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A path tracking driver model with representation of driving skill
KTH, School of Engineering Sciences (SCI), Aeronautical and Vehicle Engineering, Vehicle Dynamics.
KTH, School of Engineering Sciences (SCI), Aeronautical and Vehicle Engineering, Vehicle Dynamics.ORCID iD: 0000-0001-8928-0368
KTH, School of Engineering Sciences (SCI), Aeronautical and Vehicle Engineering, Vehicle Dynamics.ORCID iD: 0000-0002-4048-3452
2011 (English)In: International Journal of Vehicle Systems Modelling and Testing, ISSN 1745-6436, Vol. 6, no 2, 145-186 p.Article in journal (Refereed) Published
Abstract [en]

A flexible and intuitive non-linear driver model is proposed, which allows setting of physically relevant parameters for representation of both typical high and typical low skill drivers in a path tracking scenario with constant speed. The model is equipped with a relatively simple internal vehicle model and is divided into three levels of driving skill: perceptual, anticipatory and interpretational skill; decisional skill; and execution skill. Validation of the model is performed using the results from moving base driving simulator tests with the double lane change scenario described in ISO 3888-1:1999. The parameter sets used for the model configuration are selected based on physical relevance to the model and optimisation is carried out with a Nelder-Mead implementation, showing that the model is able to resemble the characteristics of the driver types in the scenario for 70 km/h, and with adjustments being able to represent drivers at other speeds.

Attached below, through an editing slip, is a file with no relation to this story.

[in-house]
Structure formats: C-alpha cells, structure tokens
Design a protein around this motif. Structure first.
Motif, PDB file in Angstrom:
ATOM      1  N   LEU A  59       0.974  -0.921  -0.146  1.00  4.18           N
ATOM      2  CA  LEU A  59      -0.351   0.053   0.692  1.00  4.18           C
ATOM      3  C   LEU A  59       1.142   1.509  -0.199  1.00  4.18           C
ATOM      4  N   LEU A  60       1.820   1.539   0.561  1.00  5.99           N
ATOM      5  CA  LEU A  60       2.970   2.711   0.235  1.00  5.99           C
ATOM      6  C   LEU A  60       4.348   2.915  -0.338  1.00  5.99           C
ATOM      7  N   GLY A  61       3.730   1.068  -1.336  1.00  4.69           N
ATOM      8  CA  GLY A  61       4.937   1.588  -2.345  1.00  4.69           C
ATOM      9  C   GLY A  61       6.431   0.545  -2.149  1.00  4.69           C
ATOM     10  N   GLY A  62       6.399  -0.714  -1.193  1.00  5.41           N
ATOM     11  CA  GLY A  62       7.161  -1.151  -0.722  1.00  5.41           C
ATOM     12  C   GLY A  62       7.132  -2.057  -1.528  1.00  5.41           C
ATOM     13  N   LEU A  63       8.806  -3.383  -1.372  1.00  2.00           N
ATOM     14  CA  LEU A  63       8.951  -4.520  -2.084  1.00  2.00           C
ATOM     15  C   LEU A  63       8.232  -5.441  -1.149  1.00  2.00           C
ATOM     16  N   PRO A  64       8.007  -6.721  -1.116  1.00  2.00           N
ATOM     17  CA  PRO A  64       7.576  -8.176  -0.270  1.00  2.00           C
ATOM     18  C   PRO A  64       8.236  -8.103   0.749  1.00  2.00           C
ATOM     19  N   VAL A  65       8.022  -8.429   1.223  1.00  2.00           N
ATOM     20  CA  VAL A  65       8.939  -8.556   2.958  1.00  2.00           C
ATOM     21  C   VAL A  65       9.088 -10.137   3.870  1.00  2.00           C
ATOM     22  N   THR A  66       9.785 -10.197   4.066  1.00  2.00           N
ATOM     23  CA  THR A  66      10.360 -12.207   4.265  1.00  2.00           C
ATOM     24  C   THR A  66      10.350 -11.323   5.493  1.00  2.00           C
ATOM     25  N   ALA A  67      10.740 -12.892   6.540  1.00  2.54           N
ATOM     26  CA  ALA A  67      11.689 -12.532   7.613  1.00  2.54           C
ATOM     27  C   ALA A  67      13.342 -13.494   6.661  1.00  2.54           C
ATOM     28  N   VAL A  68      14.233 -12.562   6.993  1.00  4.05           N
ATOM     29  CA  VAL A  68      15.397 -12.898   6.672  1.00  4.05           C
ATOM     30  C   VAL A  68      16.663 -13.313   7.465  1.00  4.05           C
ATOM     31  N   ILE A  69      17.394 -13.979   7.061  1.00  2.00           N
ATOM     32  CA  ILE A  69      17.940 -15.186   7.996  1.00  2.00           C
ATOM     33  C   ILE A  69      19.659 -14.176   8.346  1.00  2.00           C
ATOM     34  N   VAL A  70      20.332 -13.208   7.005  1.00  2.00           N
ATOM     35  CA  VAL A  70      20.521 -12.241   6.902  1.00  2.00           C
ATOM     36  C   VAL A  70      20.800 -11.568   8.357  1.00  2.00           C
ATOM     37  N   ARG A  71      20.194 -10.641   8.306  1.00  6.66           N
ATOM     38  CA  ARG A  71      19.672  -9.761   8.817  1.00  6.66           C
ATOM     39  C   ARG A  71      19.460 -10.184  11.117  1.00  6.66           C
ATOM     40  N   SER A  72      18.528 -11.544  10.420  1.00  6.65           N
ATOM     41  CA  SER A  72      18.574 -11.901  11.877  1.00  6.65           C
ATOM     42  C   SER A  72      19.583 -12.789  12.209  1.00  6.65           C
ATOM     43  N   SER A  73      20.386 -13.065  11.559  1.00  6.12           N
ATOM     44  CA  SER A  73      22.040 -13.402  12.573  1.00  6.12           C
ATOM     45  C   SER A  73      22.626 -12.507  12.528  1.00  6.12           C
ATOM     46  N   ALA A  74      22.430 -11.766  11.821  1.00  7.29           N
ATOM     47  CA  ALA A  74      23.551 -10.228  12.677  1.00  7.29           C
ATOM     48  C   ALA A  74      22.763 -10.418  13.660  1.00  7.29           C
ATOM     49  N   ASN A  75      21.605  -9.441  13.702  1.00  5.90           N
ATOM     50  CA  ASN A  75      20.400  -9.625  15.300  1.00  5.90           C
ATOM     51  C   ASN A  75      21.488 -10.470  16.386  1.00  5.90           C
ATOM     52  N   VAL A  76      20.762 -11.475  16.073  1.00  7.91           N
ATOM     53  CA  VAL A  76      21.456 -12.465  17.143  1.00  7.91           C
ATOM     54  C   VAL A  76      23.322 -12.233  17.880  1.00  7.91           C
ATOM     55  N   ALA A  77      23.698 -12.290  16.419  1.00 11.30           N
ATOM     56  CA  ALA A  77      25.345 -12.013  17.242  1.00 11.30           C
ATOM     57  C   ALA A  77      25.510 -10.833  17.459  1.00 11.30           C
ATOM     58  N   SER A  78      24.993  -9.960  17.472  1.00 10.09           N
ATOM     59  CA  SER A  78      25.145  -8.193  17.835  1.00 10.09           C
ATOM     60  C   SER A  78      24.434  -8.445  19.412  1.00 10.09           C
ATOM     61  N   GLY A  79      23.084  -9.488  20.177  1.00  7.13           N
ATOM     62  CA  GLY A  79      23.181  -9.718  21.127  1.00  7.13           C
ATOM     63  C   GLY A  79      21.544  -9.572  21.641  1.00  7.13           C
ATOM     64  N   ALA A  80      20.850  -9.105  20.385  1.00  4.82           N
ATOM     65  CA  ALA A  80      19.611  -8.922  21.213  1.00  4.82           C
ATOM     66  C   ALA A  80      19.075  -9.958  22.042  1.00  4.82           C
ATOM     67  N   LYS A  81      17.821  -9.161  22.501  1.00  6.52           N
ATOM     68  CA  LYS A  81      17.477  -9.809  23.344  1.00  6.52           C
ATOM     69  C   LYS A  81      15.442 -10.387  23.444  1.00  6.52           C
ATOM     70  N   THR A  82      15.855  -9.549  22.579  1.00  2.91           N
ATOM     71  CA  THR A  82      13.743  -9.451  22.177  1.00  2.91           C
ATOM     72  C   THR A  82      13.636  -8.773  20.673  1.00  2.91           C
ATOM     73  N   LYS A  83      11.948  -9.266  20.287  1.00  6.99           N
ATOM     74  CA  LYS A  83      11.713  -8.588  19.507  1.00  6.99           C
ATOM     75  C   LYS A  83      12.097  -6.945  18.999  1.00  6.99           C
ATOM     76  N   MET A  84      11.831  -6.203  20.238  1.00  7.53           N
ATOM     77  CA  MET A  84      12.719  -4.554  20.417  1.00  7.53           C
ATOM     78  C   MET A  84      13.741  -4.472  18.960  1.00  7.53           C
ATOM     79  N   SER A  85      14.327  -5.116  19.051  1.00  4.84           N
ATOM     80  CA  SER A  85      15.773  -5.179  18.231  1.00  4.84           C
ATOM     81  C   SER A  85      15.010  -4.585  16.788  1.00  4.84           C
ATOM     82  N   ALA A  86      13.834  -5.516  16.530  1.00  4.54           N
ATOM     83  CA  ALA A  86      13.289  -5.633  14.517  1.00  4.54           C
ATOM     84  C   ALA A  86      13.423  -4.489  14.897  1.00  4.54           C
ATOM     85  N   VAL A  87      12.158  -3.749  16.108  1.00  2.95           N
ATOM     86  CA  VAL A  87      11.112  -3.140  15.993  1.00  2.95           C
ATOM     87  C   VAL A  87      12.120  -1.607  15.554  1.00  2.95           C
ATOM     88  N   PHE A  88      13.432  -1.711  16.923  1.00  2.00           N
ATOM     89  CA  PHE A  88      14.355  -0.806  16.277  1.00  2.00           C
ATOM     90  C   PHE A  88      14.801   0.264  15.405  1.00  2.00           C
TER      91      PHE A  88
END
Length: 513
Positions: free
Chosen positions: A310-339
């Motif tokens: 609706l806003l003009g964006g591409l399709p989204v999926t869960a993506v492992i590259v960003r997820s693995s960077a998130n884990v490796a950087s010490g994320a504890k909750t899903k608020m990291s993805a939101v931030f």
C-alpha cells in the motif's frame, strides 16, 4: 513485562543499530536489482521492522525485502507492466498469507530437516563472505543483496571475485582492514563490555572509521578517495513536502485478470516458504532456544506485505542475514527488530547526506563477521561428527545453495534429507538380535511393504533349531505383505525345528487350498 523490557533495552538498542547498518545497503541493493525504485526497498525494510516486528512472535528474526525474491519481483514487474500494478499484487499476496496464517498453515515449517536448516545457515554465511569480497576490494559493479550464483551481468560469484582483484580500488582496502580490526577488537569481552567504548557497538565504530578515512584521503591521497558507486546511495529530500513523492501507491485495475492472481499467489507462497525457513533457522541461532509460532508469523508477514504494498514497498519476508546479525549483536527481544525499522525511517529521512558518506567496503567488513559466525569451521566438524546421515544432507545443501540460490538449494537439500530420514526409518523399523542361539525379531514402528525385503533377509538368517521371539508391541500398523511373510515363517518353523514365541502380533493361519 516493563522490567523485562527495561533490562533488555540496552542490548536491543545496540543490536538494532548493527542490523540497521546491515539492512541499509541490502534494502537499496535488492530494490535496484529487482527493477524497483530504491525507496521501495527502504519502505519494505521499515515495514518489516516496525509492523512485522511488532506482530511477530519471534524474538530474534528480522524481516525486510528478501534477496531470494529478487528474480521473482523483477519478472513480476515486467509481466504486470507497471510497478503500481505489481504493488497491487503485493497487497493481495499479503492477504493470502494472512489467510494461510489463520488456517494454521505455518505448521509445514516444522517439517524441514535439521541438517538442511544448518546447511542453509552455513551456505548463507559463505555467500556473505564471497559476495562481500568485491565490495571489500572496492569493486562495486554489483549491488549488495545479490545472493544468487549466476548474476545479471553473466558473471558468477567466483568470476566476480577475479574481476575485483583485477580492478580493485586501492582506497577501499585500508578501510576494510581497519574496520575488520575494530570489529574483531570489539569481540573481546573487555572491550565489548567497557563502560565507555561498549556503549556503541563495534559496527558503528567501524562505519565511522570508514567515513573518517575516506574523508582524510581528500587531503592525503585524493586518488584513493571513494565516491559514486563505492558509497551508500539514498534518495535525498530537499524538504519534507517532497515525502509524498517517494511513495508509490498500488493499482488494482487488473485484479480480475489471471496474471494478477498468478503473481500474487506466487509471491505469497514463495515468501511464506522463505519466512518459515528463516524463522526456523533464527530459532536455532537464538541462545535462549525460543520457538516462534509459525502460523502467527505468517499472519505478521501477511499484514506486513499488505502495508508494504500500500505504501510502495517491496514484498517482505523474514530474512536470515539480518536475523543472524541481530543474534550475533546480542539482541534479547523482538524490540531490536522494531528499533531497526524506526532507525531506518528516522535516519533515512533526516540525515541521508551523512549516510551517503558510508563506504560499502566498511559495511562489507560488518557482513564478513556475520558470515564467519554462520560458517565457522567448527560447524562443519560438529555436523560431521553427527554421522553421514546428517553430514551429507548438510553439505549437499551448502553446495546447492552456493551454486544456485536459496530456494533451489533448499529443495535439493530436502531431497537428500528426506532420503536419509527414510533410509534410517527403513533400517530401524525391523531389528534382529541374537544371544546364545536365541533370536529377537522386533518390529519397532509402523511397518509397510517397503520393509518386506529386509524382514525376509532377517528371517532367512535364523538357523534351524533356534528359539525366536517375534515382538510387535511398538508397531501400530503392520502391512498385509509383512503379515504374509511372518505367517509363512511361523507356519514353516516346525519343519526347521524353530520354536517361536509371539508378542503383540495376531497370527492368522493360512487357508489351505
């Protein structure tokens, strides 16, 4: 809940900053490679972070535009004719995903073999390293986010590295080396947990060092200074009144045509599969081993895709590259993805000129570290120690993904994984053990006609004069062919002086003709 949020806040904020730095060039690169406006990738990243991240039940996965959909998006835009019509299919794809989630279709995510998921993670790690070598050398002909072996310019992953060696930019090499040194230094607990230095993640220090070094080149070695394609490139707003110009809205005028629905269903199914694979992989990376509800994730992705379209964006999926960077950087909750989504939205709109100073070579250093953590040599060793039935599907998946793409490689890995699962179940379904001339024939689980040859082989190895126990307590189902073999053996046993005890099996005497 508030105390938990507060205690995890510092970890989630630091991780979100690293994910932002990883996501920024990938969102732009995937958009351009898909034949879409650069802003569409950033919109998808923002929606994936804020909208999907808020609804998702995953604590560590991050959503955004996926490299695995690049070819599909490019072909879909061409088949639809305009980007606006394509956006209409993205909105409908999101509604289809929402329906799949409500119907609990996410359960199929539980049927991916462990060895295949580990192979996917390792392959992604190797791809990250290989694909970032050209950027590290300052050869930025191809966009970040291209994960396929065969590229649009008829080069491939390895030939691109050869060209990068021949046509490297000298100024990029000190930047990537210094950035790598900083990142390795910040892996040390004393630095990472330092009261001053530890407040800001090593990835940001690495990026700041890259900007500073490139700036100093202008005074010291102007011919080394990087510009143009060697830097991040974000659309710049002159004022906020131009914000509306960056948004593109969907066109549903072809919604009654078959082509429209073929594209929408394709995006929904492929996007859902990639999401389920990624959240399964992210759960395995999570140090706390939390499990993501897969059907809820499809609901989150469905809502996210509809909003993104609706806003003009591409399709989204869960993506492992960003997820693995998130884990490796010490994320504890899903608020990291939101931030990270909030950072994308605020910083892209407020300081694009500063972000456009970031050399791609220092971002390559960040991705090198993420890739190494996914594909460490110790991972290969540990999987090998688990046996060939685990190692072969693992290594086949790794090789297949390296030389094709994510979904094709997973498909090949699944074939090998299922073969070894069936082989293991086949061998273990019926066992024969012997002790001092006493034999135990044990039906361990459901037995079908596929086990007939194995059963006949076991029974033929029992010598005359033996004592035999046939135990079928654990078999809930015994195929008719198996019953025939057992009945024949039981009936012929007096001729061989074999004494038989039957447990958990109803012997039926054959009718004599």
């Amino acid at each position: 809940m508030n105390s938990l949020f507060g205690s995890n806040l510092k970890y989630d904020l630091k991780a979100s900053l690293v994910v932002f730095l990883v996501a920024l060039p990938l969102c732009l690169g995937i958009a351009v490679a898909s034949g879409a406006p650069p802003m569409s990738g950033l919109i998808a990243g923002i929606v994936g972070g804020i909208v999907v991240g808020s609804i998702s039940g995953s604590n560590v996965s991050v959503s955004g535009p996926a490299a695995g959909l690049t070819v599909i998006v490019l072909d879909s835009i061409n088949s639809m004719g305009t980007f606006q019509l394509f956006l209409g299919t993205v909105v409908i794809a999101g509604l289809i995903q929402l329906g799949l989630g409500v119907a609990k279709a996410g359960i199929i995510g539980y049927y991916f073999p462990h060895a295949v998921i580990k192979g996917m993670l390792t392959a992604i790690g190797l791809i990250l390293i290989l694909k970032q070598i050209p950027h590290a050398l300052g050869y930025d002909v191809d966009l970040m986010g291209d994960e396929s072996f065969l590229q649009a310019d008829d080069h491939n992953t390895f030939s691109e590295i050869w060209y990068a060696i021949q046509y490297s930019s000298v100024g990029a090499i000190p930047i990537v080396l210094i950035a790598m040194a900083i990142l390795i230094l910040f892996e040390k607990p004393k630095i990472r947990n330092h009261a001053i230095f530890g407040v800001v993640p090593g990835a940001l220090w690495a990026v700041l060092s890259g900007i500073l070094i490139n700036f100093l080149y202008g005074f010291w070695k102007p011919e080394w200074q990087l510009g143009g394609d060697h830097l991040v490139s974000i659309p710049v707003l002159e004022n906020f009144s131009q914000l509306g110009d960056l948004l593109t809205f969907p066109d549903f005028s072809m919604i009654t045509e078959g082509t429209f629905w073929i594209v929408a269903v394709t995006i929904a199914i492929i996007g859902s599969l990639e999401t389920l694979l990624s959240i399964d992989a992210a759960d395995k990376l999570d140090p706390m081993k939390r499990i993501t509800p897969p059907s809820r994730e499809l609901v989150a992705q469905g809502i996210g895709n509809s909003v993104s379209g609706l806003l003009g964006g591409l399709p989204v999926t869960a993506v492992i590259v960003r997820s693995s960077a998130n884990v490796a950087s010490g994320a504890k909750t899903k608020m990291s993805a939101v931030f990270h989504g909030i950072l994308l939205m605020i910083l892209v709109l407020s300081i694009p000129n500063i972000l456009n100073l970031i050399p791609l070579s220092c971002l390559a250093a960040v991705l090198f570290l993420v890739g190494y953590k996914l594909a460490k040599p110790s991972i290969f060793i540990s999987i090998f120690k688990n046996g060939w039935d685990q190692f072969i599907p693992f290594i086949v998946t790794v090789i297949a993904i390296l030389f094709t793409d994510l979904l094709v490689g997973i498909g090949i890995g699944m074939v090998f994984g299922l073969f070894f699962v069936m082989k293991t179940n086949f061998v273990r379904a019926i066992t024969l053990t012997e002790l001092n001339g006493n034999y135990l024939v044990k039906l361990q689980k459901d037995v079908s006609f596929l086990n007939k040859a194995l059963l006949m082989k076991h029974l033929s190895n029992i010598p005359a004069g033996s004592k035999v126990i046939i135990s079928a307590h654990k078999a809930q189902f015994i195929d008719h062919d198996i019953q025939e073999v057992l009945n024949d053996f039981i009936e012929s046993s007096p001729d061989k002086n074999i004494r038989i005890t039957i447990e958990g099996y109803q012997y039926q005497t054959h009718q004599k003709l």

Place, publisher, year, edition, pages
2011. Vol. 6, no 2, 145-186 p.
Keyword [en]
Behaviour, Characteristics, Cone track, DLC, Double lane change, Driver model, Driving simulator, Driving skill, Modelling, Moving base, Non-linear, Path tracking, Testing, Vehicle systems, VTI
National Category
Vehicle Engineering
URN: urn:nbn:se:kth:diva-13874DOI: 10.1504/IJVSMT.2011.042394ScopusID: 2-s2.0-80052765516OAI: diva2:327857
TrenOp, Transport Research Environment with Novel Perspectives
QC 20120615Available from: 2010-06-30 Created: 2010-06-30 Last updated: 2012-06-15Bibliographically approved
In thesis
1. Driver-Vehicle Interaction: Identification, Characterization and Modelling of Path Tracking Skill
Open this publication in new window or tab >>Driver-Vehicle Interaction: Identification, Characterization and Modelling of Path Tracking Skill
2010 (English)Doctoral thesis, comprehensive summary (Other academic)
Abstract [en]

Since the dawn of the automobile, driver behaviour has been an issue. Driving can result in accidents that may harm not only the driver but also passengers and the surroundings. This calls for measures that restrict the usage of vehicles and to assist the individual driver to conduct the driving in a safe, yet practically efficient manner. The vehicles should therefore be both safe and intuitive, and preferably answer to thedifferent needs of all kinds of drivers.